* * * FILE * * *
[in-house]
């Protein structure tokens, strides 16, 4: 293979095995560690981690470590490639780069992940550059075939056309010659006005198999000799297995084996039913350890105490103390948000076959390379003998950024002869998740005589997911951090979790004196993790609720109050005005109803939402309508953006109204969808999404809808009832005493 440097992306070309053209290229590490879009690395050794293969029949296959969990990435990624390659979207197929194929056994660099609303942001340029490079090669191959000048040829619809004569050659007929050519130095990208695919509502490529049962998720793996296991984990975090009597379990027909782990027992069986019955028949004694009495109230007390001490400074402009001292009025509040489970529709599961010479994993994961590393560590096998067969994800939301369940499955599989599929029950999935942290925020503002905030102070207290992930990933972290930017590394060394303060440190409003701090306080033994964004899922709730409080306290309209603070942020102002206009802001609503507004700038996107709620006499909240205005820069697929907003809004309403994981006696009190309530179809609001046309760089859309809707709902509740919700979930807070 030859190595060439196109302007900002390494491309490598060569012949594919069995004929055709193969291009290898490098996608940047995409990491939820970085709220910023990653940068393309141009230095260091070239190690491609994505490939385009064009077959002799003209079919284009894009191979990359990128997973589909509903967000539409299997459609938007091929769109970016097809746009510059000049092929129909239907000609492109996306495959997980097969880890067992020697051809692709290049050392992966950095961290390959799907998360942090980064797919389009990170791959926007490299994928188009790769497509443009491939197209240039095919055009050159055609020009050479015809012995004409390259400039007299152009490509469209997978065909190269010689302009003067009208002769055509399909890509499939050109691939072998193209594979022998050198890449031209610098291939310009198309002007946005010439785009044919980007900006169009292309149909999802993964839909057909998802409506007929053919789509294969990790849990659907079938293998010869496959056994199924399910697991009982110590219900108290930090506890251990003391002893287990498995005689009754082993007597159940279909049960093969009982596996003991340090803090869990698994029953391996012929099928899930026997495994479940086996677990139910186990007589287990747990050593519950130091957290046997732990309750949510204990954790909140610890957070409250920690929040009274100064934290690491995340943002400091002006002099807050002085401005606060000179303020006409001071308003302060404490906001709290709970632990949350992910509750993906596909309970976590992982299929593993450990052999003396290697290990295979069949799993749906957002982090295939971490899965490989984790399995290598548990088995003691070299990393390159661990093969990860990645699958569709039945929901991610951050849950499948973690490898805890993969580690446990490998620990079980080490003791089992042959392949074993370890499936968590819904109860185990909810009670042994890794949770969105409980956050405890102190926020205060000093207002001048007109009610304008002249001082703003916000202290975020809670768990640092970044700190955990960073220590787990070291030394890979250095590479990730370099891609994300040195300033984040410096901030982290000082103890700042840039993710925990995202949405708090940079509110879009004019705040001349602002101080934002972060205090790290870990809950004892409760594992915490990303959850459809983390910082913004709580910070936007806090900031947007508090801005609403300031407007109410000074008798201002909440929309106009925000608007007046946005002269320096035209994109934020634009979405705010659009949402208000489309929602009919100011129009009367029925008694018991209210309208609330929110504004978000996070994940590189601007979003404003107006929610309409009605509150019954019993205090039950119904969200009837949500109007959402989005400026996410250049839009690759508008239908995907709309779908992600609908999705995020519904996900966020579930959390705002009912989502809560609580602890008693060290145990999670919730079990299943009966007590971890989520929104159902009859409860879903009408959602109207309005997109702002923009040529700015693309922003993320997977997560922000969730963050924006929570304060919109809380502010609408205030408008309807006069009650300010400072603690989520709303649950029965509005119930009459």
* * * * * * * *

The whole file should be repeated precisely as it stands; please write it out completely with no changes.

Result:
[in-house]
């Protein structure tokens, strides 16, 4: 293979095995560690981690470590490639780069992940550059075939056309010659006005198999000799297995084996039913350890105490103390948000076959390379003998950024002869998740005589997911951090979790004196993790609720109050005005109803939402309508953006109204969808999404809808009832005493 440097992306070309053209290229590490879009690395050794293969029949296959969990990435990624390659979207197929194929056994660099609303942001340029490079090669191959000048040829619809004569050659007929050519130095990208695919509502490529049962998720793996296991984990975090009597379990027909782990027992069986019955028949004694009495109230007390001490400074402009001292009025509040489970529709599961010479994993994961590393560590096998067969994800939301369940499955599989599929029950999935942290925020503002905030102070207290992930990933972290930017590394060394303060440190409003701090306080033994964004899922709730409080306290309209603070942020102002206009802001609503507004700038996107709620006499909240205005820069697929907003809004309403994981006696009190309530179809609001046309760089859309809707709902509740919700979930807070 030859190595060439196109302007900002390494491309490598060569012949594919069995004929055709193969291009290898490098996608940047995409990491939820970085709220910023990653940068393309141009230095260091070239190690491609994505490939385009064009077959002799003209079919284009894009191979990359990128997973589909509903967000539409299997459609938007091929769109970016097809746009510059000049092929129909239907000609492109996306495959997980097969880890067992020697051809692709290049050392992966950095961290390959799907998360942090980064797919389009990170791959926007490299994928188009790769497509443009491939197209240039095919055009050159055609020009050479015809012995004409390259400039007299152009490509469209997978065909190269010689302009003067009208002769055509399909890509499939050109691939072998193209594979022998050198890449031209610098291939310009198309002007946005010439785009044919980007900006169009292309149909999802993964839909057909998802409506007929053919789509294969990790849990659907079938293998010869496959056994199924399910697991009982110590219900108290930090506890251990003391002893287990498995005689009754082993007597159940279909049960093969009982596996003991340090803090869990698994029953391996012929099928899930026997495994479940086996677990139910186990007589287990747990050593519950130091957290046997732990309750949510204990954790909140610890957070409250920690929040009274100064934290690491995340943002400091002006002099807050002085401005606060000179303020006409001071308003302060404490906001709290709970632990949350992910509750993906596909309970976590992982299929593993450990052999003396290697290990295979069949799993749906957002982090295939971490899965490989984790399995290598548990088995003691070299990393390159661990093969990860990645699958569709039945929901991610951050849950499948973690490898805890993969580690446990490998620990079980080490003791089992042959392949074993370890499936968590819904109860185990909810009670042994890794949770969105409980956050405890102190926020205060000093207002001048007109009610304008002249001082703003916000202290975020809670768990640092970044700190955990960073220590787990070291030394890979250095590479990730370099891609994300040195300033984040410096901030982290000082103890700042840039993710925990995202949405708090940079509110879009004019705040001349602002101080934002972060205090790290870990809950004892409760594992915490990303959850459809983390910082913004709580910070936007806090900031947007508090801005609403300031407007109410000074008798201002909440929309106009925000608007007046946005002269320096035209994109934020634009979405705010659009949402208000489309929602009919100011129009009367029925008694018991209210309208609330929110504004978000996070994940590189601007979003404003107006929610309409009605509150019954019993205090039950119904969200009837949500109007959402989005400026996410250049839009690759508008239908995907709309779908992600609908999705995020519904996900966020579930959390705002009912989502809560609580602890008693060290145990999670919730079990299943009966007590971890989520929104159902009859409860879903009408959602109207309005997109702002923009040529700015693309922003993320997977997560922000969730963050924006929570304060919109809380502010609408205030408008309807006069009650300010400072603690989520709303649950029965509005119930009459």